Anjali Batra & Shuchir Suri
Anjali Batra & Shuchir Suri

Ready to drink gin cocktails on the go

Schenelle Dsouza
Gin might not have been the most popular drink, but over the past few years, it has secured its place as a popular favourite in Indian markets. While new distilleries and homegrown gin brands have played a significant role, an annual gin festival called Gin Explorer’s Club has also played a part. Founded in 2018 by Anjali Batra, co-founder of Food Talk India and Shuchir Suri, Founder of Jade Forest, the festival has promoted gin by promoting both western and homegrown gins in India, whilst providing a platform for consumers to explore the drink the right way.  
Gin Explorer's Club
Gin Explorer’s Club
In an insightful conversation with LuxeBook, Batra and Suri talked about the resurgence of gin in India, the rise of homegrown brands as well as factors that both affected and encouraged the drink in recent times.  
A known fact is that gin hasn’t had the best reputation, not just in India but around the world as well. In addition to being a drink with a reputation that its meant for the elders, it was also considered an afternoon drink, a light tipple meant to cool and refresh the drinker. And so, referencing gin as a serious spirit was a difficult task. However, conversations about the spirit in recent times have helped give gin a spot in the limelight, thanks to gin brands getting innovative with the drink.  
“There has been a rise in the conversation and innovation around the spirit in recent times,” says Batra. “Each gin brand carries their own soul and personality, and this is allowing people to bring gin to their roster and play with the spirit in so many different ways.”  
Making a comeback  
Suri credits the West for providing inspiration to young drinkers, helping them become more open to experimentation. “Today people have become open to experimentation, looking to the West for innovation and inspiration. Because gin is a great spirit to work with; it is versatile and works well with pretty much any food and ingredient. And so, it has made a comeback and is here to stay.”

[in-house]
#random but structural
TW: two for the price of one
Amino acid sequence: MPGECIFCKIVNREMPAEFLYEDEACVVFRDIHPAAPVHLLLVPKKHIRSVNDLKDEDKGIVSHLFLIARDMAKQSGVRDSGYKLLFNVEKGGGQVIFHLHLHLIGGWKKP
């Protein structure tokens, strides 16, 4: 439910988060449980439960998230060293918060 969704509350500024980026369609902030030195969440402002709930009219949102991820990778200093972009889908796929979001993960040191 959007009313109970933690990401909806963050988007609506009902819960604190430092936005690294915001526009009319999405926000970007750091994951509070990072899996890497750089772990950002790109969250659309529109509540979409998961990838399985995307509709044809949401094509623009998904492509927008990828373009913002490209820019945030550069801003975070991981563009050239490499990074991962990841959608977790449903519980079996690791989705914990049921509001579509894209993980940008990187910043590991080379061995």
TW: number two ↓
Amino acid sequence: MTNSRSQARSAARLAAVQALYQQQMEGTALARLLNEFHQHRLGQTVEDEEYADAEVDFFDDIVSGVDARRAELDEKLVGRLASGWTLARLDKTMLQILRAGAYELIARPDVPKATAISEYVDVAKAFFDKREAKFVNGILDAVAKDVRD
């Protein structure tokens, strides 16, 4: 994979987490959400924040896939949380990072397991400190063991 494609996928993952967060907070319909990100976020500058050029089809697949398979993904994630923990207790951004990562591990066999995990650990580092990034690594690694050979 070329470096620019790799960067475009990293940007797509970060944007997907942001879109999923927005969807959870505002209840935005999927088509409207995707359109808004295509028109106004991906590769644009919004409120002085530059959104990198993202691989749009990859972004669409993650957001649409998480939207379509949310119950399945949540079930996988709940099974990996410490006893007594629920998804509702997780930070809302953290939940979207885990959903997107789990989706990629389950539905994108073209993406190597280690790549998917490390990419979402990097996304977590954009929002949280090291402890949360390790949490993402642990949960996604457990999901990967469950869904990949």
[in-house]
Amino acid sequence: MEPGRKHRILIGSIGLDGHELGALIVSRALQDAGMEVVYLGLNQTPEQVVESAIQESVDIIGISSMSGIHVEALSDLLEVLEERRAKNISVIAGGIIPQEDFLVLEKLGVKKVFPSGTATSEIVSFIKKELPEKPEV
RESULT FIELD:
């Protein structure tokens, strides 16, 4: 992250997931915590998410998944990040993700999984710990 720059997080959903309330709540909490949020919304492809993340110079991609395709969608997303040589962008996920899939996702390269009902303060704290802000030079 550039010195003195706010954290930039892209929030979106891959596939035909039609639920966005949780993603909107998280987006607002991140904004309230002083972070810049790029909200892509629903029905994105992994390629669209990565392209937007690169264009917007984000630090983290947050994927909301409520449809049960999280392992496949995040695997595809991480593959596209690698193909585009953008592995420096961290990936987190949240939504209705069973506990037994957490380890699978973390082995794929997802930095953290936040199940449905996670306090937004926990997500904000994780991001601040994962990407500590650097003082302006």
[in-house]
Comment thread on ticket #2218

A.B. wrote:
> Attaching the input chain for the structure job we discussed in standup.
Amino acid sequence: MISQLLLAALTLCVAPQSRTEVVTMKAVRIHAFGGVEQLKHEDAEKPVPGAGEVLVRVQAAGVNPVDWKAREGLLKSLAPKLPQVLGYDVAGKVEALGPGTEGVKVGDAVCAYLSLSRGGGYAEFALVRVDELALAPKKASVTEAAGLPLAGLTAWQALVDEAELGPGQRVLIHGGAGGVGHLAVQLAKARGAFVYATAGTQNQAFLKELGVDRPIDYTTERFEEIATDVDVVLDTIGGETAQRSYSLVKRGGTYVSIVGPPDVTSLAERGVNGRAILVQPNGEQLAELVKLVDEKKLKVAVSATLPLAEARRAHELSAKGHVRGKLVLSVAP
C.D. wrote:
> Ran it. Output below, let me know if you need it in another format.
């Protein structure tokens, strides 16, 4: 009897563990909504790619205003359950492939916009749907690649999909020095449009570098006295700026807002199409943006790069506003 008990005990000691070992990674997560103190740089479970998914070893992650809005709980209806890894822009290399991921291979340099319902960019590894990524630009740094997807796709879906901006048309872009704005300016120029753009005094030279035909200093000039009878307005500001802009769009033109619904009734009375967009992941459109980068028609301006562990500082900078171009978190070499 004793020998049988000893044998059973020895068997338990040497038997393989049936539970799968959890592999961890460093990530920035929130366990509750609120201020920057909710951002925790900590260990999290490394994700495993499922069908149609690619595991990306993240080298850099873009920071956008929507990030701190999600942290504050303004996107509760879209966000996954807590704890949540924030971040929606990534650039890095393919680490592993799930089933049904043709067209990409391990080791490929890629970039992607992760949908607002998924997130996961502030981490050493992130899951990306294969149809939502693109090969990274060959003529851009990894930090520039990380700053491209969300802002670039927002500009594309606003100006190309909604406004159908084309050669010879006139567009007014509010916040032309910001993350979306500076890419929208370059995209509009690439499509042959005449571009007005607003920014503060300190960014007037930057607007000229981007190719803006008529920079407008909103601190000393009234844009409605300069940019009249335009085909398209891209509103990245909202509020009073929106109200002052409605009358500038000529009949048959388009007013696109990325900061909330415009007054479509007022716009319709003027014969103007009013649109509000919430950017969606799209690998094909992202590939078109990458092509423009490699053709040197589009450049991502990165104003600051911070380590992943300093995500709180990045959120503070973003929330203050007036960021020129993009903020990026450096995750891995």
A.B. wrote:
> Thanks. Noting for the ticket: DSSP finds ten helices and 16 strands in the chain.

Over the past couple of years, gin has had quite a moment in the spotlight, especially in India. “Gin has had a 360-degree makeover in Indian markets with over 15 brands launched since 2017,” says Batra.  
Knowingly, homegrown gin has been one of the biggest contributing factors. As of 2022, there are more than 15 homegrown gin brands that are constantly creating new flavours. These companies have created a niche in the market and are expanding the gin drinking population in India. The overall consumption population in India may be limited to a meagre 1%. However, considering the massive population of India, 1% is a big market that is still expanding.  
Homegrown gin 
Batra points out that in a country that enjoys distinct flavours, gin had to make its mark. “India as a country has a strong flavour palette. Our culinary landscape is diverse and as a community, we are inclined towards intense flavours and especially spices.” She believes it to be India’s yearning for flavour, spices and botanicals that draws people towards gin, especially homegrown gin. It is a proud moment for India too, as it has shone a light on Indian botanicals, celebrating the distinctive flavours that define the very origin of homegrown gin brands.  
“Today people are opting for homegrown labels because they celebrate Indian flavours. And while every homegrown gin incorporates Indian botanicals, they are all unique and different from each other,” says Batra.  
Bombay Sapphire Gin
Bombay Sapphire Gin
According to Suri, gin has transitioned over the years and is now seen as a millennial’s choice of drink. Its growing popularity has led to the opening of small distilleries across the country, that specialise in Indian flavours, defining a superior quality gin. “In addition to small scale distilleries, the development of artisanal tonic water has taken gin-and-tonic to a whole new level of finesse. As craft gin and tonics became the buzzword, brands in India woke up and paid attention to gin, creating it as a lifestyle rather than a commodity.” 
Part of the global movement 
Movements like the “gin-revolution” or “gin- naissance” are a result of the growing popularity of gin. While these have already taken shape internationally, these movements are only just beginning in India.  
“Thanks to an increase in demand, global and homegrown craft gins have taken over the beverage scene in India. While we see trends come and go, this gin-naissance is here to stay,” says Suri. “Craft spirits have been working towards making gin affordable as the movement is being led by passionate entrepreneurs who want India to be part of the global craft gin movement by creating a quality product.” 
Aside from homegrown gins, gin festivals have also helped the gin movement in India. The Gin Explorer’s Club is one such example. 
Gin Explorer's Club
Gin Explorer’s Club